On May 25 US president Barack Obama signed into law a measure intended to promote renewed development of the low-wage apparel assembly industry in Haiti. The Haiti Economic Lift Program (HELP) Act of 2010, introduced in Congress on April 28 by a bipartisan group of representatives and senators, extends through 2020 several existing laws giving tariff preferences for apparel stitched in Haiti: the Caribbean Basin Trade Partnership Act (CBTPA) and the Haitian Hemispheric Opportunity through Partnership Engagement Acts of 2006 (HOPE Act) and 2008 (HOPE II).
Proponents of the measure said HELP would aid Haiti’s recovery from a devastating Jan. 12 earthquake. “We are confident Haiti will now be able to attract substantial investment that could create tens of thousands of jobs,” said Ron Sorini, a principal of Sorini, Samet & Associates, a DC-based consulting firm that represents the Haitian government on trade. The American Apparel & Footwear Association (AAFA), a US manufacturers’ association, noted: “While aiding Haiti through recovery, this law works to create a predictable and certain environment for the US apparel and textile industry.” (Fibre2Fashion, Gujarat, India, May 26; Sorini Samet press release, May 21; Just-Style, UK, May 25)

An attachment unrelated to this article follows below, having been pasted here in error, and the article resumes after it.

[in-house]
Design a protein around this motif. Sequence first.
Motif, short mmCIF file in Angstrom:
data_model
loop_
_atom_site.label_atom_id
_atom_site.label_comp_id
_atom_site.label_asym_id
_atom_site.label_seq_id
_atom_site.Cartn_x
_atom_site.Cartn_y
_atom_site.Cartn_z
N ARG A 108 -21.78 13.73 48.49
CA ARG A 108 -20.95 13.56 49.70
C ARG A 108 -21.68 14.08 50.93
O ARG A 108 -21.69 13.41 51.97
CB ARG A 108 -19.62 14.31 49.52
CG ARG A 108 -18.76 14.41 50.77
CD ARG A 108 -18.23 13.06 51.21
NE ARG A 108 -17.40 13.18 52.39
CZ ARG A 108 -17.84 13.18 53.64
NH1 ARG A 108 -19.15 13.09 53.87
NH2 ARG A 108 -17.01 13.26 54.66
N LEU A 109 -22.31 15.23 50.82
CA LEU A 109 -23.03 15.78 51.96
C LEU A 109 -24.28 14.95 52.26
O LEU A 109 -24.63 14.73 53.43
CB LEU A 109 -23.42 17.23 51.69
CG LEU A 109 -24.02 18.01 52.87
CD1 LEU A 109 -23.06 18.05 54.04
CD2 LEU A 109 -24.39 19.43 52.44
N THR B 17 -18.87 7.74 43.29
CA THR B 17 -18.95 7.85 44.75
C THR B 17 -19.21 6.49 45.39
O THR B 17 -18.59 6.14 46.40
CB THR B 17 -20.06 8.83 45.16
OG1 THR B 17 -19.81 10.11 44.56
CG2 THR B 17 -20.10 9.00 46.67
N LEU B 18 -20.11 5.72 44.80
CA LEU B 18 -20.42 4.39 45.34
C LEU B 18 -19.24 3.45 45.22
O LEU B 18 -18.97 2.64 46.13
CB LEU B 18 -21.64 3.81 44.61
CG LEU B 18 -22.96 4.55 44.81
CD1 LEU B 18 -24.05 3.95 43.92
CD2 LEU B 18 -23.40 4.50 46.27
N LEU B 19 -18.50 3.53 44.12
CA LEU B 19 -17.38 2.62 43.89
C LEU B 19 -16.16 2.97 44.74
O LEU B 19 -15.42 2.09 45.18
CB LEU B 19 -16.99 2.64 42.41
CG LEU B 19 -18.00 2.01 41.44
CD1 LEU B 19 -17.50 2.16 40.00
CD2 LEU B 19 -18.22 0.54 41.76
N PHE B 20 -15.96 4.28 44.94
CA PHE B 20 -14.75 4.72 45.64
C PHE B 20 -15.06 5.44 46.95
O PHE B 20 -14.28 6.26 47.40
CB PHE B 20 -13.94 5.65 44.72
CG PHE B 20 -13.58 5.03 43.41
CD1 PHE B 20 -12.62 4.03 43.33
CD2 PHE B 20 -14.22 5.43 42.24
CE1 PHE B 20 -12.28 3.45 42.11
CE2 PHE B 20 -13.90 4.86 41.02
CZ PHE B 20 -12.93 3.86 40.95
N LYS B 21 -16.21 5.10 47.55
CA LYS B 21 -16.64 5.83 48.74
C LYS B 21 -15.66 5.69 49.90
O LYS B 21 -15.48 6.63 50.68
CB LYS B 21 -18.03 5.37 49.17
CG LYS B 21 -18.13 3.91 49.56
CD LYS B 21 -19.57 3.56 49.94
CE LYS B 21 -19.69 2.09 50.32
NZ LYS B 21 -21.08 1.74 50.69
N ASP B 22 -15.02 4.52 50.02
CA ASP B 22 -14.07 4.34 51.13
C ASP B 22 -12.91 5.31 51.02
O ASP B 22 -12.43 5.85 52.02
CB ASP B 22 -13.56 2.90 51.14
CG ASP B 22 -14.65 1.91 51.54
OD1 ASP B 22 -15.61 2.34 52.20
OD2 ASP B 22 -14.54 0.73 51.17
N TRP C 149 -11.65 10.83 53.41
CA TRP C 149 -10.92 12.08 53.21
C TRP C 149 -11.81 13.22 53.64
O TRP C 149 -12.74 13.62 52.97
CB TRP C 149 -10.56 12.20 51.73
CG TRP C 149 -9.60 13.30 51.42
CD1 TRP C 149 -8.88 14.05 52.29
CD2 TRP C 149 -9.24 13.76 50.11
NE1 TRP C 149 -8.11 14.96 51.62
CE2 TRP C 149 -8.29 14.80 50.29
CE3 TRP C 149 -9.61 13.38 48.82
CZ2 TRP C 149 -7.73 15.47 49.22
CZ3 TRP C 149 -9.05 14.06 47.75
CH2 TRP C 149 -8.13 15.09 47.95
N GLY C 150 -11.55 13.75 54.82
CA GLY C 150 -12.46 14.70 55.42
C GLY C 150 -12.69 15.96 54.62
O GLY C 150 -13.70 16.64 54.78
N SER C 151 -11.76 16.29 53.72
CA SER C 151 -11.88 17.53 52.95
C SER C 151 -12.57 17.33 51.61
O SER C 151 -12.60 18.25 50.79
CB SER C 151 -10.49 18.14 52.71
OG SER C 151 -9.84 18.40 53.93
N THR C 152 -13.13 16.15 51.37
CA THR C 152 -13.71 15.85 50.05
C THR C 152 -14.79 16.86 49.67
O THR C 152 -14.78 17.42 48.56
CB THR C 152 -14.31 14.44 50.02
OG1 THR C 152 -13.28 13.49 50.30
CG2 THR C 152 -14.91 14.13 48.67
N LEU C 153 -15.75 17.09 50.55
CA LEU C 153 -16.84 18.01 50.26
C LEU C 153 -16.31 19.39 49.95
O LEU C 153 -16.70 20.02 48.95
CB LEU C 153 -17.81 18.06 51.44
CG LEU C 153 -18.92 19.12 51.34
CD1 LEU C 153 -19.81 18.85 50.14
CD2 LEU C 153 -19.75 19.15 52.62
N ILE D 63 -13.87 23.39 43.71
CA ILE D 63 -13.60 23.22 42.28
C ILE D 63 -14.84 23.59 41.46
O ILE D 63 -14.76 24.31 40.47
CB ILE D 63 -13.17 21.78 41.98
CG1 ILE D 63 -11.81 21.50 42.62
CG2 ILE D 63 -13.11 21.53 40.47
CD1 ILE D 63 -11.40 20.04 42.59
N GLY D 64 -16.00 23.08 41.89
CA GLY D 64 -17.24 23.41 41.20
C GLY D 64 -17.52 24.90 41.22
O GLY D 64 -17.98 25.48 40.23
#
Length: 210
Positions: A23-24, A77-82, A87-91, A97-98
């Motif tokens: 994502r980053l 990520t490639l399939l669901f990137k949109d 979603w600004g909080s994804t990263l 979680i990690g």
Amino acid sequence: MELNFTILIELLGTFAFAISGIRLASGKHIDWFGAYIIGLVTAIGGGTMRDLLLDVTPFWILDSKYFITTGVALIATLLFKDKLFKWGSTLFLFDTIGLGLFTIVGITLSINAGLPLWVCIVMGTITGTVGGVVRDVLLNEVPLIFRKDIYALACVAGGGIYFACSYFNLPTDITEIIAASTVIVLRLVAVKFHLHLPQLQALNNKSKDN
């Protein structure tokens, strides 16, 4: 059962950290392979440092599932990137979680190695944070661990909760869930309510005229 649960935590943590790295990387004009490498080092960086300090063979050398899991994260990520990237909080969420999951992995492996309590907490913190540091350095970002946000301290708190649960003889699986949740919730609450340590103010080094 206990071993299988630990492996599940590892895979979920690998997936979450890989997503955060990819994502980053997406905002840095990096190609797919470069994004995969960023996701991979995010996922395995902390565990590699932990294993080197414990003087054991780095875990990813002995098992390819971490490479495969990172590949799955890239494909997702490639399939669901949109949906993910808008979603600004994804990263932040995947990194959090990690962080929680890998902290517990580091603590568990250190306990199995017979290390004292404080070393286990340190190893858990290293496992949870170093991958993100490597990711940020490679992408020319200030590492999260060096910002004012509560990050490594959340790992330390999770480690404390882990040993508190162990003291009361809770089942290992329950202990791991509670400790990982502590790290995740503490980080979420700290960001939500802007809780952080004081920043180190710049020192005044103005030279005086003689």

US plans to develop the Haitian assembly sectors were among the policies a meeting of European and Latin American social movements in Madrid denounced on May 16, saying that the US was using a “humanitarian alibi” to defend “US geopolitical, economic and military interests.”
From Weekly News Update on the Americas, May 30.
See our last post on Haiti.